Go Away With … Neil Strauss

By Jae-Ha Kim
Tribune Media Services
November 3, 2009

His background as a New York Times rock music critic and Rolling Stone contributing editor made Neil Strauss the perfect candidate to co-write books with Marilyn Manson, Motley Crue and Dave Navarro. But few people expected that the intellectual, slightly built journalist would earn fame writing about his real-life experience as a pick-up artist in the bestselling book The Game. Strauss’ latest book is Emergency: This Book Will Save Your Life.  Strauss talks about his love of the Caribbean, eating his way across America and experiencing a truly ugly American moment in Mexico.

Q. What is your favorite vacation destination?
A. St. Kitts, in the Caribbean, where I often go to write. It hasn’t fully become a tourist destination yet, so you can still experience small-island Caribbean culture in one of the most beautiful, temperate spots on earth.

Q. Where are your favorite weekend getaways?
A. I hate to give this one away, but the jewel of Southern California is a little coastal town at the southern tip of Orange County called San Clemente.

Q. What are your favorite restaurants?
A. In every city, there are great dishes I eat every time I visit. In New York, it’s the corn at Cafe Habana (www.cafehabana.com); in San Francisco, it’s the tea leaf salad at Burma Superstar (www.burmasuperstar.com); in Memphis, it’s the dry-rub ribs at the Rendezvous (www.hogsfly.com); in Los Angeles, it’s the chef’s choice at Sushi Nozawa (www.sushinozawa.com); in the Mississippi Delta, it’s the steak at Doe’s Eat Place (www.doeseatplace.com); and in Chicago, it’s whatever they’re inventing at Hot Doug’s (www.hotdougs.com) and Alinea (www.alinea-restaurant.com).

Q. When you go away, what are some of your must-have items?
A. No matter what, I always travel with a copy of Roadfood (www.roadfood.com) by Jane and Michael Stern. I’ll drive hours out of the way to eat somewhere they recommend. Everything else is replaceable. Except for one other thing: if it’s a work trip, I carry a USB stick with a backup copy of whatever I’m working on around my neck.

Q. What kind of research do you do before you go away on a trip?
A. I’m a passionate researcher. I buy the more independent-minded guidebooks, scour the Web for tips from other travelers and talk to friends who’ve been there. Even when I arrive, I’m still researching, asking locals questions like, “If you’ve just returned home after a month-long trip, what restaurant would you want to eat at first and what dish would you have?”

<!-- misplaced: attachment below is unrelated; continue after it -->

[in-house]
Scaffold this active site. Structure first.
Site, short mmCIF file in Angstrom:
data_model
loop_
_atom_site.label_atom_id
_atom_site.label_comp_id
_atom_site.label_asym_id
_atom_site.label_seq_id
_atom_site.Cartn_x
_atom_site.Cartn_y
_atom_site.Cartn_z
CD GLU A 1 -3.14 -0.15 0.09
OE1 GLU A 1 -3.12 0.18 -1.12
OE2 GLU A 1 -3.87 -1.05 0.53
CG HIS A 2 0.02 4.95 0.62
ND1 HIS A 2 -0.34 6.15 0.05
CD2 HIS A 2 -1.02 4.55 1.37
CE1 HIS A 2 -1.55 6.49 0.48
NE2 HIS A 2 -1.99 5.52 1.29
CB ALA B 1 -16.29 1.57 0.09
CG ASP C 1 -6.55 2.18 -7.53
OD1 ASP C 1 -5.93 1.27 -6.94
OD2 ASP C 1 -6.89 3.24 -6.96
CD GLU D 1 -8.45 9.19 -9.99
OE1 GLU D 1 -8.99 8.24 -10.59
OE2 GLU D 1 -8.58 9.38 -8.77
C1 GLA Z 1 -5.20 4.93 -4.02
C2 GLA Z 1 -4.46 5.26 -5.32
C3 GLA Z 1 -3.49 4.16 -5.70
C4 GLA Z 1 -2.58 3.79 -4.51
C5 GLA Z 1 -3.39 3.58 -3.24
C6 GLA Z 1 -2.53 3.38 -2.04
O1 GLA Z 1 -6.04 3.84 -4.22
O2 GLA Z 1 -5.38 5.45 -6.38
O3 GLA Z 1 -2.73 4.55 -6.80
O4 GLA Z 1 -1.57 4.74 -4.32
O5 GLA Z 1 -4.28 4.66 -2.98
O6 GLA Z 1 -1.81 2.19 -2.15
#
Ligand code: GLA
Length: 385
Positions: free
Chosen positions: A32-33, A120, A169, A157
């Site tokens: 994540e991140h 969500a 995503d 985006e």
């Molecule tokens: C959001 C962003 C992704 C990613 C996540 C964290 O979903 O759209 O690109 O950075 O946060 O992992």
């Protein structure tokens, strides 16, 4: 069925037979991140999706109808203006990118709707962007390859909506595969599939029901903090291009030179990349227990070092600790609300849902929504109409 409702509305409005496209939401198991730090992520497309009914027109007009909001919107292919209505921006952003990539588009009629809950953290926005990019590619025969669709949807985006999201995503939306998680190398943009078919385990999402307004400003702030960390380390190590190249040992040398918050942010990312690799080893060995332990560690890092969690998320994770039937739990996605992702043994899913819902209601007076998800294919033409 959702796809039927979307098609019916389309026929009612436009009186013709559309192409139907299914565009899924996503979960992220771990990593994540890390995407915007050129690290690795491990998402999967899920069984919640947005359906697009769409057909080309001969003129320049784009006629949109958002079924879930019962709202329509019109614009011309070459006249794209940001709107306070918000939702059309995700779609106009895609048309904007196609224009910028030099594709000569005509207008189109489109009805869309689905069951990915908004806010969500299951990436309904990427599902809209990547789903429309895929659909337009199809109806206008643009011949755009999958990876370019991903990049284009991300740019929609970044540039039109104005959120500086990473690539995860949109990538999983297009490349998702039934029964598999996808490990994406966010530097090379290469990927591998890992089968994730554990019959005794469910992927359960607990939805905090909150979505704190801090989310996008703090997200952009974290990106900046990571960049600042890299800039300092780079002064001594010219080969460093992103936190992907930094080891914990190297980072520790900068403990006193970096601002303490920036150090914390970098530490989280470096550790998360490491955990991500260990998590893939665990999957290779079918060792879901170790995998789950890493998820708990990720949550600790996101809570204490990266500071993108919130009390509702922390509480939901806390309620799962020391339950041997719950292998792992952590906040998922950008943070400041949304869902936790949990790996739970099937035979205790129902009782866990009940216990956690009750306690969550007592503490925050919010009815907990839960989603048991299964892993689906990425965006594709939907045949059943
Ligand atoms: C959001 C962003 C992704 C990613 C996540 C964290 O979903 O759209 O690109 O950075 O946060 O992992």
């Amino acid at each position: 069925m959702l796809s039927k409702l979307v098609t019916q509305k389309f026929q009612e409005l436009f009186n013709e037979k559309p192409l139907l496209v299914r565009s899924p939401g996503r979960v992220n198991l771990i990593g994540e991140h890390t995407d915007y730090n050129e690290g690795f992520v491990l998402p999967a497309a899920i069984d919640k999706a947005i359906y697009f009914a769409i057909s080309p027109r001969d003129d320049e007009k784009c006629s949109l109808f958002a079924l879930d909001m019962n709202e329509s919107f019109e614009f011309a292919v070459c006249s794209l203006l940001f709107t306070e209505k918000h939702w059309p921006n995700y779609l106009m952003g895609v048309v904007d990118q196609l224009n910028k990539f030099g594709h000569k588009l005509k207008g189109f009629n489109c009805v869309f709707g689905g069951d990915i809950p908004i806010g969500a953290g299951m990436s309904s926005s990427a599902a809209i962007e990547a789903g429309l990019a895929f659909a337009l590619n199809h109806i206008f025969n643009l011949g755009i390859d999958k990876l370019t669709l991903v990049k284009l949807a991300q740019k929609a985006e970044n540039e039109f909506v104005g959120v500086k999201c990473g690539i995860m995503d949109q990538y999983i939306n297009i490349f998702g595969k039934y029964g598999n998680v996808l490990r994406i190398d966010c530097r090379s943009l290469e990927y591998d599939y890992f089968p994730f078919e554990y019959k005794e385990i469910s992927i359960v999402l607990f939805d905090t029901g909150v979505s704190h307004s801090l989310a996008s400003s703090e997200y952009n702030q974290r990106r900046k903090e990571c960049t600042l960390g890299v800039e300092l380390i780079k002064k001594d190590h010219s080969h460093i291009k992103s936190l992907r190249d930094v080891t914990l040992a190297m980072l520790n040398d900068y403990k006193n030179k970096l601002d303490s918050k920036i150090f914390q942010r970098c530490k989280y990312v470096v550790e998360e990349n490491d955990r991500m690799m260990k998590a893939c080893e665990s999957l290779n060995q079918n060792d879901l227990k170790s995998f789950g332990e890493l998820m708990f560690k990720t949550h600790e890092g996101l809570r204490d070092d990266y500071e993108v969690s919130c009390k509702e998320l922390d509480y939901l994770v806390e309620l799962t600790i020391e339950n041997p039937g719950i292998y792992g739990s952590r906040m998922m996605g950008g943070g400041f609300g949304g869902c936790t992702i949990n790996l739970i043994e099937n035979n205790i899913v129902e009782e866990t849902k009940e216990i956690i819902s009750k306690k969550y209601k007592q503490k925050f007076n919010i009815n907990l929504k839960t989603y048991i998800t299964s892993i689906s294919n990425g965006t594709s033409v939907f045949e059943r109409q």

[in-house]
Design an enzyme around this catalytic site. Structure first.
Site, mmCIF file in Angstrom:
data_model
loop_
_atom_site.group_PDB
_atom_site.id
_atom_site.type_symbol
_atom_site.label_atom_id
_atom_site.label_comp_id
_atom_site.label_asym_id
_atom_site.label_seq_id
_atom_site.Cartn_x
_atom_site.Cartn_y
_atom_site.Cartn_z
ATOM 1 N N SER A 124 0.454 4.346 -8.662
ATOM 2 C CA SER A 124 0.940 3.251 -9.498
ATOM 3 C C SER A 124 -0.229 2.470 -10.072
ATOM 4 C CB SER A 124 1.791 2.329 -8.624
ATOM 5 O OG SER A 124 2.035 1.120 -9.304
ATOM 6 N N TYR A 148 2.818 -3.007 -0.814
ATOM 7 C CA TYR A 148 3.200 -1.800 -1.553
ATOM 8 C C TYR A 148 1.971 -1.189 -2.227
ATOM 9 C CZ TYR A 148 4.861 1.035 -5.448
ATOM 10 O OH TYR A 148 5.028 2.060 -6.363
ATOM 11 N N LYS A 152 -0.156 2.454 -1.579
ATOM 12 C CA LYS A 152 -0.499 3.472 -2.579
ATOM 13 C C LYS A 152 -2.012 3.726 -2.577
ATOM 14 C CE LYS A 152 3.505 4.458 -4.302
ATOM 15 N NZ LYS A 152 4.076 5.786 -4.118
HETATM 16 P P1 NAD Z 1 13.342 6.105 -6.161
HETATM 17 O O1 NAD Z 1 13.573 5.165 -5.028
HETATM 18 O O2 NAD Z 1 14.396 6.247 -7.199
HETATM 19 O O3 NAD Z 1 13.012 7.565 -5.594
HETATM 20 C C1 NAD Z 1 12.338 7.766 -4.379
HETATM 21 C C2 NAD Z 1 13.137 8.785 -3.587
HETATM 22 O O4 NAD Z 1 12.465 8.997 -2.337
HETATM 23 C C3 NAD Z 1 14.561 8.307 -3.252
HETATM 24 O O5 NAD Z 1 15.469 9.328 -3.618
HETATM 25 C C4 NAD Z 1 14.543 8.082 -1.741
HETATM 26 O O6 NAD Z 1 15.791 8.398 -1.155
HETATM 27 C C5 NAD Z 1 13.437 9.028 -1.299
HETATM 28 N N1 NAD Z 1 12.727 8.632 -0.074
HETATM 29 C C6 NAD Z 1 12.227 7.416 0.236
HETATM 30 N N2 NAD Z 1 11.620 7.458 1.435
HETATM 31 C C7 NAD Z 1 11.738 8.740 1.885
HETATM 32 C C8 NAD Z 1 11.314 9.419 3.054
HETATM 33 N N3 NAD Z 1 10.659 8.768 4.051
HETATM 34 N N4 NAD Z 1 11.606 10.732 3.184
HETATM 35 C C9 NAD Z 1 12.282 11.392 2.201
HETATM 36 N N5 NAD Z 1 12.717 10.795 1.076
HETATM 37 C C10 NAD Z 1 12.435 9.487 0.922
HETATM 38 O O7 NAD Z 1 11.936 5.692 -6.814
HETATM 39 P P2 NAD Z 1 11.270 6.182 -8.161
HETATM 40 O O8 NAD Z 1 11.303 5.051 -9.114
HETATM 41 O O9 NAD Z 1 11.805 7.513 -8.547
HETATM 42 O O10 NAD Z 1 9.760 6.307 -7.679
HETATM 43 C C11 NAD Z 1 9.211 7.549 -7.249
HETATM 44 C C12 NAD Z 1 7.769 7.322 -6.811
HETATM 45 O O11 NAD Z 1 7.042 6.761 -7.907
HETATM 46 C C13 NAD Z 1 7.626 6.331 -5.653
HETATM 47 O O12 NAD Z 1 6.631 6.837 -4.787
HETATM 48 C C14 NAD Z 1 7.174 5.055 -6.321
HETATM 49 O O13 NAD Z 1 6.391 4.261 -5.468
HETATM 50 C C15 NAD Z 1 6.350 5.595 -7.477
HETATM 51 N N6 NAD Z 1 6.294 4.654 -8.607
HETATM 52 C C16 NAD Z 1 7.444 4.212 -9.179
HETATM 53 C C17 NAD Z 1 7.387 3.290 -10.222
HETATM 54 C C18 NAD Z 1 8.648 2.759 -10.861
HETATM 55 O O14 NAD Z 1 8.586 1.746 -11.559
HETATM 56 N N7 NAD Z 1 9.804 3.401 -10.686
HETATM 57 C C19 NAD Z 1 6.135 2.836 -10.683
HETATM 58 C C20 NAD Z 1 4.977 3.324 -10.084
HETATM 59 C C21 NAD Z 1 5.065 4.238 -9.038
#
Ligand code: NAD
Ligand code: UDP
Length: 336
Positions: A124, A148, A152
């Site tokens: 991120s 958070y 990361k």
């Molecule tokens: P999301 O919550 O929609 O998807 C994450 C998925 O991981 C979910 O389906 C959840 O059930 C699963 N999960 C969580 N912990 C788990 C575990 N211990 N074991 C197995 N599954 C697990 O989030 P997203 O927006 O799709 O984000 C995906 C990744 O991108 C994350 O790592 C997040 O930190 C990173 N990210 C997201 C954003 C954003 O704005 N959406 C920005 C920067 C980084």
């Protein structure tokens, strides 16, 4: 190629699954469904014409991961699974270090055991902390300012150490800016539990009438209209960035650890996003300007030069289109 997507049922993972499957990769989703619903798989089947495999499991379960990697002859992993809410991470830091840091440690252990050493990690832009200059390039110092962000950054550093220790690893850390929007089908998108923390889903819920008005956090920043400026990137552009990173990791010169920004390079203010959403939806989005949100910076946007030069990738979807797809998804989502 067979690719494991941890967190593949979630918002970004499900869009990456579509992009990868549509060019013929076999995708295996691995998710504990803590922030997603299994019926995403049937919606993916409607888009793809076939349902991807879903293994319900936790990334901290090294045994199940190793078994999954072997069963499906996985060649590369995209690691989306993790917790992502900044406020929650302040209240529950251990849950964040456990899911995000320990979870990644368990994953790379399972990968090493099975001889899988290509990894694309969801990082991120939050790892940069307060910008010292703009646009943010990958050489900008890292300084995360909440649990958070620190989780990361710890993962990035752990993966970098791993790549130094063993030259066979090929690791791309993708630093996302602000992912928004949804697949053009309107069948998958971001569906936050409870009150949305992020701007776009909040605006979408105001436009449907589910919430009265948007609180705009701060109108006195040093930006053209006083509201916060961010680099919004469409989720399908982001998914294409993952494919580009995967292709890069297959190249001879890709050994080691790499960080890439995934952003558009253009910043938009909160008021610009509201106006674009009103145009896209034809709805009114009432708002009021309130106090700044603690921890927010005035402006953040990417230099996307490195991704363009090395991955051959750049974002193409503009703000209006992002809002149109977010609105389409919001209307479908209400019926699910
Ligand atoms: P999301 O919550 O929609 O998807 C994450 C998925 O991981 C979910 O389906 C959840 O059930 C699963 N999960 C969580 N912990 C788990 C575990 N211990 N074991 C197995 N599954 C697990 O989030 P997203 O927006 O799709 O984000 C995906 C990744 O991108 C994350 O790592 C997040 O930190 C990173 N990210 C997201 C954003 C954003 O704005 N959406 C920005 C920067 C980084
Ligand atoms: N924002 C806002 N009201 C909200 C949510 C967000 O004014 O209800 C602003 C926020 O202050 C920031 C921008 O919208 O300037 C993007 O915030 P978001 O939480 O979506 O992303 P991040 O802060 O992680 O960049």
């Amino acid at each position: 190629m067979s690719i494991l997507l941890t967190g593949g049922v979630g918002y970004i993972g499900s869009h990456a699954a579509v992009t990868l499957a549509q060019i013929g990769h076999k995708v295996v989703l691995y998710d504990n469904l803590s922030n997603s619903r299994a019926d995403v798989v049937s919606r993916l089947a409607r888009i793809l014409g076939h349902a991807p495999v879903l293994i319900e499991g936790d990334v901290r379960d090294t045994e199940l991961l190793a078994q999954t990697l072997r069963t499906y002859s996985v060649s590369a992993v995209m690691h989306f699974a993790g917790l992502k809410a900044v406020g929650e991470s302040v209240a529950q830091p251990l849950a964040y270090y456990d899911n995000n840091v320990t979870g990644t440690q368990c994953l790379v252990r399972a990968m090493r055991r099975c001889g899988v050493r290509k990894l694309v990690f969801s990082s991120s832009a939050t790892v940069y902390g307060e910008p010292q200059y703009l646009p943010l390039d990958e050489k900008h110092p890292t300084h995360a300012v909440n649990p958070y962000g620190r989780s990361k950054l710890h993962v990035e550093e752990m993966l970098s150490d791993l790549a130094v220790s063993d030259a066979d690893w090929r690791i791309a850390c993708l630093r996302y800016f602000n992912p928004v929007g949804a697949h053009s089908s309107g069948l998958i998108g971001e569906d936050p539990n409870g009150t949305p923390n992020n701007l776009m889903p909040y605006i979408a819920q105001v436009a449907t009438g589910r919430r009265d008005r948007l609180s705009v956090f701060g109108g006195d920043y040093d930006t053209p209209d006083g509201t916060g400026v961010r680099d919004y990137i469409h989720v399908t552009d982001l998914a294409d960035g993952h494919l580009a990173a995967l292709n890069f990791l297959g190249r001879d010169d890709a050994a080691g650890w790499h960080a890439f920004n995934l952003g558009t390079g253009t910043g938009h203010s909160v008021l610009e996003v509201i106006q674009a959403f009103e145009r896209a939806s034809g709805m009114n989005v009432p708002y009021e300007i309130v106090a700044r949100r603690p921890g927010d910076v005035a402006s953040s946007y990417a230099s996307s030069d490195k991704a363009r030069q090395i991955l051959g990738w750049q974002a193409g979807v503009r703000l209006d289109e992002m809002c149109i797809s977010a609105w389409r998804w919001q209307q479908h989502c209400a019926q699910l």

Q. Where would you like to go that you have never been to before?
A. My current dream trip is the Kingdom of Lo — now known as Mustang. It’s supposedly home to the most authentic surviving Tibetan culture and accessible only by a three-day trip by yak or horse up the Himalayas. I’m planning a trip there this year.

Q. What is your worst vacation memory?
A. When I was in college, I backpacked across Europe. Near Santorini in the Greek Islands, I got out of a boat to swim. While I was in the water, the boat took off with my backpack — which included my passport, my ticket home and all the clothes I had except the swimsuit I was wearing.

Q. How do you try to fit in when you’re a tourist?
A. I never really think about this. I just dress in a way that’s respectful to the culture I’m visiting.

Q. Have you ever been guilty of being an “ugly American”?
A. I hope not. Except for maybe when I was stranded in Santorini in nothing but a swimsuit. I think the ugliest American I ever saw though was in Mexico, sitting on the edge of a dock and trimming her pubic hair into the ocean.

© 2009 JAE-HA KIM
DISTRIBUTED BY TRIBUNE MEDIA SERVICES, INC.

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